Maryland vented a season's worth of frustration on Virginia yesterday, scoring five times in the first half and routing the Cavaliers, 48-7, before 21,300 in blustery Byrd Stadium.

Maryland (4-6-1 overall and 4-2 in the Atlantic Coast Conference) completed its first losing season since 1971, but finished third in the Atlantic Coast Conference, behind Clemson and North Carolina.

In defeating the Cavaliers for the 10th straight time, the Terrapins outgained their rivals in total yards, 492 to 192. The star for Maryland was senior tailback Charlie Wysocki, who carried 33 times for 153 yards and four touchdowns in his final college game.

Maryland quarterback Norman (Boomer) Esiason kept Virginia's defense from keying on Wysocki by completing 10 of 13 passes for 191 yards. Esiason's final completion, with two minutes left in the third quarter, was his 122nd this season, a Maryland record.

While Wysocki and Esiason rested on the bench late in the game, savoring Maryland's most lopsided victory in six years, running back John Nash gained most of his 103 yards. He carried 23 times.

Virginia (1-9, 0-6) contributed to its own demise with a questionable decision at the start of the game. The Cavaliers won the coin toss, and elected to receive; they had to move against a 30 mph wind.

Cavalier Coach Dick Bestwick was gambling that the game would be close enough for his team to have the wind advantage in the fourth quarter.

Virginia, whose game plan was predicated on passing, found it nearly impossible to throw the ball accurately into the wind in the first quarter. Maryland led in that period, 17-0, and kept the Cavaliers backed up with three wind-aided kickoffs out of the end zone.

"The wind was a big factor," Maryland Coach Jerry Claiborne said in the locker room. "I was surprised Virginia decided to go against the wind after the coin toss. But we were happy they did. I've made that decision myself and lived to regret it."

The Cavaliers must regret it, too. On the third play from scrimmage, facing third and 13 from their 17, quarterback Mike Eck attempted a screen pass to fullback Mark Sanford. The ball held up in the wind, and defensive end Mark Wilson, a senior from Charlottesville, made a lunging interception at the 22.

Wysocki carried for seven yards on first down, seven more on second down, then ran past two tacklers for an eight-yard touchdown that gave Maryland the lead less than two minutes into the game.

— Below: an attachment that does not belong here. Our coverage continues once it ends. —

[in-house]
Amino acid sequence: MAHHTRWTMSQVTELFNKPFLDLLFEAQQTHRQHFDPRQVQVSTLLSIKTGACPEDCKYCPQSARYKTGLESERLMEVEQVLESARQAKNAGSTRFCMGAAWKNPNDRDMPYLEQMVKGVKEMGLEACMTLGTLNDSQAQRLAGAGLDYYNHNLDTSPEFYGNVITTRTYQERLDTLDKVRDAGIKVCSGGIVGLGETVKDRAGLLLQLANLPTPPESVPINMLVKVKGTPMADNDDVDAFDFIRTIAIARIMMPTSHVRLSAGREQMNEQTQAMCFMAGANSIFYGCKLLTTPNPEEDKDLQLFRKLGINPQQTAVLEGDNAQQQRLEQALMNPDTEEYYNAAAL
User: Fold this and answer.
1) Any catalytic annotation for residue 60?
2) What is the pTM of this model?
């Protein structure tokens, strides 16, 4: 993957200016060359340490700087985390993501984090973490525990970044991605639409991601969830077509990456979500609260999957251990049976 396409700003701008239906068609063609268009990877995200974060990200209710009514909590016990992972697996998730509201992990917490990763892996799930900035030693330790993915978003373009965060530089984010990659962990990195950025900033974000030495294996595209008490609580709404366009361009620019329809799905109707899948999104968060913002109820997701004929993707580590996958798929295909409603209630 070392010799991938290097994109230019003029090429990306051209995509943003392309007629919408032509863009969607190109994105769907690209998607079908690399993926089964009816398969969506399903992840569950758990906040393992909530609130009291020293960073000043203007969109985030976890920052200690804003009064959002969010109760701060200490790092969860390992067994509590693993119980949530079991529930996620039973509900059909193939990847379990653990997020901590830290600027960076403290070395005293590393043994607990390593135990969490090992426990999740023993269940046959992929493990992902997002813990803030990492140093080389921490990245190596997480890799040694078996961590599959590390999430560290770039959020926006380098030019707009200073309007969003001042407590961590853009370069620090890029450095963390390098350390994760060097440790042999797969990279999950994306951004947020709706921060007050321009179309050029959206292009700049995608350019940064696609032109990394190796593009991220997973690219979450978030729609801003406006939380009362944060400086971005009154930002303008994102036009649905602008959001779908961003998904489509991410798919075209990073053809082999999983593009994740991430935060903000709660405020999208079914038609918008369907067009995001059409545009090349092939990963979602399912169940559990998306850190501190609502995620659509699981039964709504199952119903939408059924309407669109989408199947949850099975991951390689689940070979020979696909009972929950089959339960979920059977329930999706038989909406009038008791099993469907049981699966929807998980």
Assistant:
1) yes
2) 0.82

"The first interception changed the nature of the game," Bestwick said. "The pass was badly thrown, and the wind was obviously a big factor, too."

A 29-yard punt into the wind on Virginia's next possession gave Maryland possession at the Cavalier 46. From there, the Terrapins used 12 plays and fullback Tim Whittie's one-yard touchdown run to go ahead, 14-0, with 6:43 still remaining in the first quarter.

The Virginia defense stopped Wysocki on a fourth-and-inches attempt during the drive, but the Cavaliers were penalized for having 12 men on the field.

The Maryland lead went to 17-0 on Jesse Atkinson's 38-yard field goal with 1:20 left in the first quarter.

By then, Virginia was hoping for a typhoon in the second and fourth quarters.

"With the wind like it was and them trying to pass the football, we felt we could back them up and control the ball with runs and short passes against the wind," Claiborne said. "We had to score in that first quarter."

Wysocki, who gained 65 yards in the first quarter, ran 13 yards around the right side for his second touchdown, and a 24-0 lead.

Bestwick brought in quarterback Todd Kirtley, who had been his off-and-on starter for three years before sustaining several injuries this season. The senior from Fairfax led the Cavaliers from their 20 to the Terrapin 38 by completing four of six passes. But Derek Jenkins' fourth-and-inches run was stopped for a loss by Maryland linebacker Joe Wilkins.

Atkinson's second field goal, from 27 yards, gave the Terrapins a 27-0 lead a minute before halftime.

Virginia's best offensive play before intermission was a 68-yard punt by Jeff Walker, which kept Maryland from scoring again before halftime. Terrapin safety Wayne Wingfield and linebacker Eric Wilson broke up passes. And cornerback Lendell Jones had an interception on behalf of Maryland's much-maligned pass defense.

Maryland increased its lead to 34-0 on Wysocki's one-yard run following Esiason's 53-yard pass to Russell Davis. And Wysocki's fourth score, making it 41-0, came after Esiason passes to John Tice and Joe Brkovich.

Many of the fans had left by the time Esiason broke Dick Shiner's 1969 record for pass completions. A 12-yard completion to Tice gave Esiason the record. He was immediately replaced by fifth-year senior Bob Milkovich.

"For a school that doesn't pass much, it's not that much of a record," Esiason said. "But it does feel good to hold a record. It's sad to say, but I think we finally put it all together. It's 11 games too late. But it's something to build on for next year."